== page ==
People v Williams (Isiah), 2018 NY Slip Op 05091 (7/6/18) – Declined to hold that trial court erred in denying motion to dismiss the indictment. “Although one of the witnesses provided false testimony at the grand jury proceeding relating to count four of the indictment, that count was properly dismissed. Further, ‘[t]here is no indication that the People knowingly or deliberately presented false testimony before the Grand Jury, and thus there is no basis for finding that the integrity of the Grand Jury proceeding was impaired or [that] the [remaining counts of the] indictment [were] rendered defective by the alleged false testimony’ (People v Klosin, 281 AD2d 951, 951 (4th Dept 2001); see generally People v Huston, 88 NY2d 400, 406-407 (19906); People v Miller, 110 AD3d 1150, 1150-1151 (3rd Dept 2013)].”

People v Gelling, 2018 NY Slip Op 05423 (7/25/18) – As in People v Harris, 98 NY2d 452 (2002), the fact that the Grand Jury was not instructed on the defense of intoxication did not impair the integrity of the Grand Jury so as to give rise to dismissal of the indictment.

“Although the prosecutor has a duty to instruct the grand jury regarding any complete defense, ‘the prosecutor’s obligation to instruct the Grand Jury on a particular defense depends upon whether that defense has the potential for eliminating a needless or unfounded prosecution’ [citation omitted].” Here, there was insufficient evidence of intoxication — and the People were not obligated to search for such evidence. See People v Lancaster, 69 NY2d 20, 25-26 (1986).

Opening

2nd Department

People v Cherry, 2018 NY Slip Op 05190 (7/11/18) – Prosecutor’s comments, in his opening argument, about the indictment were improper, as were his comments about the victim and his family that “could only have been intended to evoke the jury’s sympathy.” In his direct examination of the medical examiner and the victim’s father, the prosecutor also “elicited certain testimony … that was irrelevant to the issues at trial, and was likewise intended to evoke the jury’s sympathy.” But because “there was overwhelming evidence of the defendant’s guilt and no significant probability that any error contributed to his convictions,” the Second Department declined to order a new trial.

Direct

2nd Department

People v Reddick, 2018 NY Slip Op 05608 (8/1/18) – The People should not have been permitted to elicit testimony from NYPD detective “that, in his opinion, the defendant was the person depicted in video surveillance footage.”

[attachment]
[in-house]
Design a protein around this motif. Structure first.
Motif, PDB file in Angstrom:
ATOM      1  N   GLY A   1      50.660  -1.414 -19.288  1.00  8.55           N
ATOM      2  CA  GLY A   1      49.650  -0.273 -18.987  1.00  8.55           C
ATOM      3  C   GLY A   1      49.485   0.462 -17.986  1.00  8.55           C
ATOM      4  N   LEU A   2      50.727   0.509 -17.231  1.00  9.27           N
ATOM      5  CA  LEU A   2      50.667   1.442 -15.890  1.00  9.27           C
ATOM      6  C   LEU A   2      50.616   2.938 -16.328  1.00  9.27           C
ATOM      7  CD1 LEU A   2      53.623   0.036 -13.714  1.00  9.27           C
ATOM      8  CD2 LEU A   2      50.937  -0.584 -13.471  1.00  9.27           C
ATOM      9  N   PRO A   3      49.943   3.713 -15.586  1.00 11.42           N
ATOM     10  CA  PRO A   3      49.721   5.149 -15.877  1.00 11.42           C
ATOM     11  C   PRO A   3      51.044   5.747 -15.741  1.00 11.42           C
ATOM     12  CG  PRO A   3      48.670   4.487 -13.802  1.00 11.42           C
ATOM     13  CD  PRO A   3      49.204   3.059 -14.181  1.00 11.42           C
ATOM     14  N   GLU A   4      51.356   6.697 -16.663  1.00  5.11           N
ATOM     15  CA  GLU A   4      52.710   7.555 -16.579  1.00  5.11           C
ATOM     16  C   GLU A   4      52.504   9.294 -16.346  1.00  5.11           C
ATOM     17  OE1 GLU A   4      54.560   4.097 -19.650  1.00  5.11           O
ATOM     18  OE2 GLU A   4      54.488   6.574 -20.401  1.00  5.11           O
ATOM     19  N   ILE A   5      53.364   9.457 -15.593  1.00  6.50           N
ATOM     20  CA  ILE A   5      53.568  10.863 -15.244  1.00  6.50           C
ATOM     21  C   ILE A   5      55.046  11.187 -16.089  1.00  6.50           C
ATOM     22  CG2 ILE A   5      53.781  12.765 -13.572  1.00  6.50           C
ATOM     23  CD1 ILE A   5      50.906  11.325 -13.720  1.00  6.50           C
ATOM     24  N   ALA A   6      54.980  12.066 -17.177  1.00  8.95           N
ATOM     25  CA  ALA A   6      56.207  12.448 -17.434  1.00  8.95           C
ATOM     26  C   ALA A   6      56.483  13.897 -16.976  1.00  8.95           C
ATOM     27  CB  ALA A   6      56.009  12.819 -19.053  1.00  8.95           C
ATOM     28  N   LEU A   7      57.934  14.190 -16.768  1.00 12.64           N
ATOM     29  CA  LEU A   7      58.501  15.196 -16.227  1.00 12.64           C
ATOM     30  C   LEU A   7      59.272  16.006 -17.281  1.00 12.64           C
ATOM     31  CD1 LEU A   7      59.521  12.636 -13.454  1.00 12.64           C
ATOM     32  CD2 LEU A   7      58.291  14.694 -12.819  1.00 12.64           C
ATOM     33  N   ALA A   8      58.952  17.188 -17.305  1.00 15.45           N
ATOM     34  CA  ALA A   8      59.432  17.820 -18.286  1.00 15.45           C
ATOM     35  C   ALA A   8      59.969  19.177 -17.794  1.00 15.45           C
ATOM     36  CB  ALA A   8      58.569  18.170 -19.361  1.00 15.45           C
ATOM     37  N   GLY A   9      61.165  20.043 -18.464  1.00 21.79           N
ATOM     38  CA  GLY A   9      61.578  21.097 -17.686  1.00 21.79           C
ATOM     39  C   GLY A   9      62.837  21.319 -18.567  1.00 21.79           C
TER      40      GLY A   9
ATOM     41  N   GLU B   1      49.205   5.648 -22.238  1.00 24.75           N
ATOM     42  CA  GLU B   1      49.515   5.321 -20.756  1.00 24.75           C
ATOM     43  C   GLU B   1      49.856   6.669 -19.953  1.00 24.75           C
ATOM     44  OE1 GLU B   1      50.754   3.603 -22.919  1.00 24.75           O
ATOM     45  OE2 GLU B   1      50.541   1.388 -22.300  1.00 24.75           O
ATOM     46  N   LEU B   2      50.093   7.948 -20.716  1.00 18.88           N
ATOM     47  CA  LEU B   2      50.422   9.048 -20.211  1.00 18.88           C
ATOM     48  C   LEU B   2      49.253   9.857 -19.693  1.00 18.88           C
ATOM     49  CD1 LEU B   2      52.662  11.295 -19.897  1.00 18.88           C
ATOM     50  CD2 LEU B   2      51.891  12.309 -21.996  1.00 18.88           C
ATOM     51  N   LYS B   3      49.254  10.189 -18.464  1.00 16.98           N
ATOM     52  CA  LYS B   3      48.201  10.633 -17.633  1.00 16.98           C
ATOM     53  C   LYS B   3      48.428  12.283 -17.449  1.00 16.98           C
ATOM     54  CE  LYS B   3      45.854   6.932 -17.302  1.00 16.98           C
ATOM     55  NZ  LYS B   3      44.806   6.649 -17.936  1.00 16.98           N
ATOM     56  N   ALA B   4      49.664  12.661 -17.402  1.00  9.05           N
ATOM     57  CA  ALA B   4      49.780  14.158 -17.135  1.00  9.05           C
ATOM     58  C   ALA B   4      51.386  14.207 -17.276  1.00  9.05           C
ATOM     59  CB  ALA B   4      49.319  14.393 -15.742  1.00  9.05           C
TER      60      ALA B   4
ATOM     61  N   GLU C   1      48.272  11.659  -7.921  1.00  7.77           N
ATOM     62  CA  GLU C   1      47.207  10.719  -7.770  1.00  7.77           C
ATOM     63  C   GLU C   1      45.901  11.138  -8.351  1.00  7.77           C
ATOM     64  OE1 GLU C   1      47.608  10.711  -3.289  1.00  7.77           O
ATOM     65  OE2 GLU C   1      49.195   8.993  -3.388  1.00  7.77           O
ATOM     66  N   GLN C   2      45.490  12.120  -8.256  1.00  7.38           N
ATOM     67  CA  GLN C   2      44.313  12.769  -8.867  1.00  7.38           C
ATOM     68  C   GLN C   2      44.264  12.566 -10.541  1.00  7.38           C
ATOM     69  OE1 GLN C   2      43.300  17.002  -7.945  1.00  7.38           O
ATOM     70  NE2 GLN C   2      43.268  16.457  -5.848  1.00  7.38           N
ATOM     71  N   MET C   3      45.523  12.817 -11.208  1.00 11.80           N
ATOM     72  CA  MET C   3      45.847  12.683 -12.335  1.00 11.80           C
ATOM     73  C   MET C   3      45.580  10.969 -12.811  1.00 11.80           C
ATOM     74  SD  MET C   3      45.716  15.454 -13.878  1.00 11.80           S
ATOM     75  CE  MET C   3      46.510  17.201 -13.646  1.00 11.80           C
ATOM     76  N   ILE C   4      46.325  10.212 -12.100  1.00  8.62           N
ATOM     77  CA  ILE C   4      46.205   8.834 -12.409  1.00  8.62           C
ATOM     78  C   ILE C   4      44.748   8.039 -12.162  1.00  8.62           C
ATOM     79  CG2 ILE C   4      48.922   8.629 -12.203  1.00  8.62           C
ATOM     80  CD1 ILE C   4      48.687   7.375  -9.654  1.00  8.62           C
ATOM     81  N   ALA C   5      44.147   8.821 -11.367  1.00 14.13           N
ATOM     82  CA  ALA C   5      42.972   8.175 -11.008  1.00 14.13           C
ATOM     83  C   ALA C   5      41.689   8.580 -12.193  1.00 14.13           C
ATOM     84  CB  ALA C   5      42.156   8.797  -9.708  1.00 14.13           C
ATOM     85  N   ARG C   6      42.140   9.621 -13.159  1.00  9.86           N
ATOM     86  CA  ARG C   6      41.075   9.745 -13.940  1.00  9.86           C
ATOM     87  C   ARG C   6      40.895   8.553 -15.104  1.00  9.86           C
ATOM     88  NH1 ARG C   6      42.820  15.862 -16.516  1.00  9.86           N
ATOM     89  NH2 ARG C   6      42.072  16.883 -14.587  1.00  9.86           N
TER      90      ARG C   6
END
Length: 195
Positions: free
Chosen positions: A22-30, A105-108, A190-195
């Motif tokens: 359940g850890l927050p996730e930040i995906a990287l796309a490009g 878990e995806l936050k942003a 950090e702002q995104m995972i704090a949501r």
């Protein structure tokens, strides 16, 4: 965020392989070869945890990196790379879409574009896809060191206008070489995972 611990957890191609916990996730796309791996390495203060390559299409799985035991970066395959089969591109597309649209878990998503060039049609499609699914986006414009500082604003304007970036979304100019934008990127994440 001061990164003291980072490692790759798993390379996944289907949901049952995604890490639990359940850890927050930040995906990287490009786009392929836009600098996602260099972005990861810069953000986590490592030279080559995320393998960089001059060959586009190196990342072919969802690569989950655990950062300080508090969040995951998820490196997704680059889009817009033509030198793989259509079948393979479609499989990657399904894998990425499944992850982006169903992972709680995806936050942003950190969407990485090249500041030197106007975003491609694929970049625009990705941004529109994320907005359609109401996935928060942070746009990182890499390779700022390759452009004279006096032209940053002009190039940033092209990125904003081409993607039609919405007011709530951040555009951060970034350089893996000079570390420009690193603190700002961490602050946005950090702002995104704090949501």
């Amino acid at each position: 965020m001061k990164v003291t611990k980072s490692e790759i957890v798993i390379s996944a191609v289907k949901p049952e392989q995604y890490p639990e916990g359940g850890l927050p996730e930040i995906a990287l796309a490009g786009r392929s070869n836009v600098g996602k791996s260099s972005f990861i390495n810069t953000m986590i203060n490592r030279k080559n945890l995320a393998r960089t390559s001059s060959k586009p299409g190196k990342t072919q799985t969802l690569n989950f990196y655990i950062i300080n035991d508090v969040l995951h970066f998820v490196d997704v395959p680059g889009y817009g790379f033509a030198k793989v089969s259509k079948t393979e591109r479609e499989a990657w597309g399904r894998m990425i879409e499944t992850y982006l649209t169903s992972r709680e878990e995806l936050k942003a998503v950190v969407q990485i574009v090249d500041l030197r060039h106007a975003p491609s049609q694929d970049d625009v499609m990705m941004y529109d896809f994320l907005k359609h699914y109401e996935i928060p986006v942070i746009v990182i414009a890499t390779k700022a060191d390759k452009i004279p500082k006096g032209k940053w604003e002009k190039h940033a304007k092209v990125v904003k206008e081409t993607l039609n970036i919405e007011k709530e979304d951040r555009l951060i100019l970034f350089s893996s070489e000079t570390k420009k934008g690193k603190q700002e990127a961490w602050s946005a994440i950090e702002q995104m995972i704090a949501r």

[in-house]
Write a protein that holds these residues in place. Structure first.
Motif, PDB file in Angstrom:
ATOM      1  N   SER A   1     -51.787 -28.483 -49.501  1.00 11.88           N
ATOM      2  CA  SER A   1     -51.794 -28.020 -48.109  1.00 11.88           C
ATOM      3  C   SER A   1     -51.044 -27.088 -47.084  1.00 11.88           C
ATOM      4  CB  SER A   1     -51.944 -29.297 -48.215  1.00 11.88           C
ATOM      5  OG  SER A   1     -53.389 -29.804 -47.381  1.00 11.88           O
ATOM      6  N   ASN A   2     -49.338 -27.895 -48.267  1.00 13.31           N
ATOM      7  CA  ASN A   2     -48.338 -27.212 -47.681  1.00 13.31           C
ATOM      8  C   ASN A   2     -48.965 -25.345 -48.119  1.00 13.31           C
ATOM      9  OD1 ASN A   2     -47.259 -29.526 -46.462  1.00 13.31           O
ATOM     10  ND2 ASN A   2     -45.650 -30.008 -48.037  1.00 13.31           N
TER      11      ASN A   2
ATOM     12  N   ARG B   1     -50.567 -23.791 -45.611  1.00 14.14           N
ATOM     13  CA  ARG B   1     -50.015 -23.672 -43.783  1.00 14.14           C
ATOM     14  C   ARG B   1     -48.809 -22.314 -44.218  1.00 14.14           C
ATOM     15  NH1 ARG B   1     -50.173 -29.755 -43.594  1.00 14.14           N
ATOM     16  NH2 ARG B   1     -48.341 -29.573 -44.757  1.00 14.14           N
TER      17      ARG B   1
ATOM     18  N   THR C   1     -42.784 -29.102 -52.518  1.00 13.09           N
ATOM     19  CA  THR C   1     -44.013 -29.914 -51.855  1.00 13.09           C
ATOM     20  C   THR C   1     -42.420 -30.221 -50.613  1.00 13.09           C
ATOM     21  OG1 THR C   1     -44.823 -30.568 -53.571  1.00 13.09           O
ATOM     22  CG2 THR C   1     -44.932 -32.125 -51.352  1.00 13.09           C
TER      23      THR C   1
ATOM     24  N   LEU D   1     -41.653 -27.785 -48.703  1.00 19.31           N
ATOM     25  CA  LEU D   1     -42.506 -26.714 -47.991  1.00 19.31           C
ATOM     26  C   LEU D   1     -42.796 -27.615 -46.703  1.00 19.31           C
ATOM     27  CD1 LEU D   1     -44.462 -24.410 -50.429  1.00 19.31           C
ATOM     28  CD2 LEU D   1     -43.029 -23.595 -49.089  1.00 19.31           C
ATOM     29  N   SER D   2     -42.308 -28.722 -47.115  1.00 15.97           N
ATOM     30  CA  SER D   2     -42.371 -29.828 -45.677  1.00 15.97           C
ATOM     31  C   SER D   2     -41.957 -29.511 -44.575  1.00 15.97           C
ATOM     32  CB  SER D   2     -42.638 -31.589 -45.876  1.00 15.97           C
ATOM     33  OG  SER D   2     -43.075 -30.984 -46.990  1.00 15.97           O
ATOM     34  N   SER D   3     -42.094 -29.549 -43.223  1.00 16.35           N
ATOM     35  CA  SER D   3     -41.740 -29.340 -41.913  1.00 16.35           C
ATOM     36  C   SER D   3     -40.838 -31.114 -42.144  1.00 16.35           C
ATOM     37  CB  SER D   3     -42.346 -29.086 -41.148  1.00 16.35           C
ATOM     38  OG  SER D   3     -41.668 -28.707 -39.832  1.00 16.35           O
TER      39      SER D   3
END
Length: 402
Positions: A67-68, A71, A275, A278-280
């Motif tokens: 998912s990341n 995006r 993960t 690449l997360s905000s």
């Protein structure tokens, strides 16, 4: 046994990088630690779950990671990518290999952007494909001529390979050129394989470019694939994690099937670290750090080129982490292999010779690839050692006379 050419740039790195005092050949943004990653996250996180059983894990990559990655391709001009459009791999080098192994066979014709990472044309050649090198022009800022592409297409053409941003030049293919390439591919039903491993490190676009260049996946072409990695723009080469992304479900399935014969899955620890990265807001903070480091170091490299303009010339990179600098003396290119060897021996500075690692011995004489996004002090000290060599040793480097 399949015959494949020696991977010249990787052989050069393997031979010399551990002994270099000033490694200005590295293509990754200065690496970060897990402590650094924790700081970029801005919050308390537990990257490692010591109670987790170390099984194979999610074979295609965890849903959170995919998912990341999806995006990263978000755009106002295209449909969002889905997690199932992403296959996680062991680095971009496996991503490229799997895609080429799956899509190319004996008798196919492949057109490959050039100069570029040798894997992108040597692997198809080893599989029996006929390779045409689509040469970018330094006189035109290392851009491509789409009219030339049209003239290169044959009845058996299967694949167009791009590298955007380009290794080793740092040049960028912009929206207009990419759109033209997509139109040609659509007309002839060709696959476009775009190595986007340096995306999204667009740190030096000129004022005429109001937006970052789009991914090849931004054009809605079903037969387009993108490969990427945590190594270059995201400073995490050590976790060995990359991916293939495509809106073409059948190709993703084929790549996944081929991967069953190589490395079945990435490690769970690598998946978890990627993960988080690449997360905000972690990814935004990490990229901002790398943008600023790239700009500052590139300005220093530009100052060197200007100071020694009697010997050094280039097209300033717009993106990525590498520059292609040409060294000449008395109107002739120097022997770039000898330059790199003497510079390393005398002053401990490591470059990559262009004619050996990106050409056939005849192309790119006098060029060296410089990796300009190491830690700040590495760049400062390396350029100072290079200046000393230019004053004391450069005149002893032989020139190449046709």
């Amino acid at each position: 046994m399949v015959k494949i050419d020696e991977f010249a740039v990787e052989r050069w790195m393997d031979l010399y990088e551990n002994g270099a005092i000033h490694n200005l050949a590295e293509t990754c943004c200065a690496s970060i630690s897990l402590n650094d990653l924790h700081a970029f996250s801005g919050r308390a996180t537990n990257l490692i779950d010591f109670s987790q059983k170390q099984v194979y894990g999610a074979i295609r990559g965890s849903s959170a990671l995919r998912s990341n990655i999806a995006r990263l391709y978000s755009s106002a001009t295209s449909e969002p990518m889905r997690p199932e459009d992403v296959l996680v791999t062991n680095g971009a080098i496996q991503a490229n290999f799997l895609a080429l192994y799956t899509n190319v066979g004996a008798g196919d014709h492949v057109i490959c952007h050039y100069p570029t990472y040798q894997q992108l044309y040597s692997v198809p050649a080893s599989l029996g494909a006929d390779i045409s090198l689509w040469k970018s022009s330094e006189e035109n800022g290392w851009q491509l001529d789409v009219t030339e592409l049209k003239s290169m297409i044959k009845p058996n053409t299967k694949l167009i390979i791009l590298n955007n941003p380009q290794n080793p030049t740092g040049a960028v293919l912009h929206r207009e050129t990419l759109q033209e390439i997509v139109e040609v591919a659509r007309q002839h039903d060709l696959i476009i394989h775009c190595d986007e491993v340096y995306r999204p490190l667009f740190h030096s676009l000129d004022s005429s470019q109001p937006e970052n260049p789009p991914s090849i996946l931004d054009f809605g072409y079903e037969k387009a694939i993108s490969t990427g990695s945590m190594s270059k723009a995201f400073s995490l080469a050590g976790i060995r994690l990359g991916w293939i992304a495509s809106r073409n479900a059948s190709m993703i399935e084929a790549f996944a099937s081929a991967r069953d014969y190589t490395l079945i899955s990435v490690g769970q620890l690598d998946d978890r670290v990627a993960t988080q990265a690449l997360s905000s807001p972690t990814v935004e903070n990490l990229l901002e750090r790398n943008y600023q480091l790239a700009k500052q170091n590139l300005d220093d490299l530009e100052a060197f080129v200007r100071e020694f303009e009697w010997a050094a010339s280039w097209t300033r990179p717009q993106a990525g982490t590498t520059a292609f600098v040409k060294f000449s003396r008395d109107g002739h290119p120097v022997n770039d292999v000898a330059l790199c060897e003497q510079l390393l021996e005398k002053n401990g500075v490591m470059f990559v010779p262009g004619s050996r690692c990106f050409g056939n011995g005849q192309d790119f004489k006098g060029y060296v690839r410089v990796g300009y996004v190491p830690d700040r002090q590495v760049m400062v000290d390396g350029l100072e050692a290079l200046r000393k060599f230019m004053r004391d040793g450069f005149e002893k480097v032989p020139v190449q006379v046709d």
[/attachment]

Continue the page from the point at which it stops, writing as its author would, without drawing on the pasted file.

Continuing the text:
“While, under the proper circumstances, the court has the discretion to allow a lay witness to express his or her opinion that an individual depicted in a surveillance video is the defendant [see People v Russell, 79 NY2d 1024 (1992)], here, there was no basis for concluding that the police detective was more likely than the jury to correctly determine whether the defendant was depicted in the video [see People v Myrick, 135 AD3d 1069, 1074 n 2 (3rd Dept 2016); other citations omitted].”

People v Wilburn, 2018 NY Slip Op 05613 (8/1/18) – Because defense counsel’s opening statement raised question of codefendant’s motive to testify, trial court did not err in subsequently permitting the prosecutor to: elicit testimony from codefendant about the cooperation agreement, put the written agreement into evidence, and comment on the agreement in summation. See, e.g., People v Choi, 137 AD3d 808, 809 (2d Dept 2016).

People v Martinez, 2018 NY Slip Op 06034 (9/12/18) – The elicitation of testimony from a police witness “that he had seen the defendant ‘countless number of times,’ and knew him by name” did not require a new trial. Beyond the fact that the claim was not preserved by objection at trial, “this testimony was relevant to the issue of identity [see, e.g., People v Vega, 37 AD3d 351, 352 (1st Dept 2007); People v Prescott, 300 AD2d 325 (2d Dept 2002)], and did not deprive the defendant of a fair trial since it did not implicate him in any prior misconduct or uncharged crime [see, e.g., People v Woody, 9 AD3d 439 (2d Dept 2004); People v Gomez, 253 AD2d 719, 720 (1st Dept 1998)].”

People v Ramos, 2018 NY Slip Op 06039 (9/12/18) – “Defense counsel assailed the testimony of the complainant on cross-examination as a recent fabrication.” Consequently, it was not error for the People to elicit, on direct examination of a law enforcement witness, the complainant’s prior consistent statement. See People v McDaniel, 81 NY2d 10, 18 (1993); People v Walsh, 289 AD2d 517 (2d Dept 2001).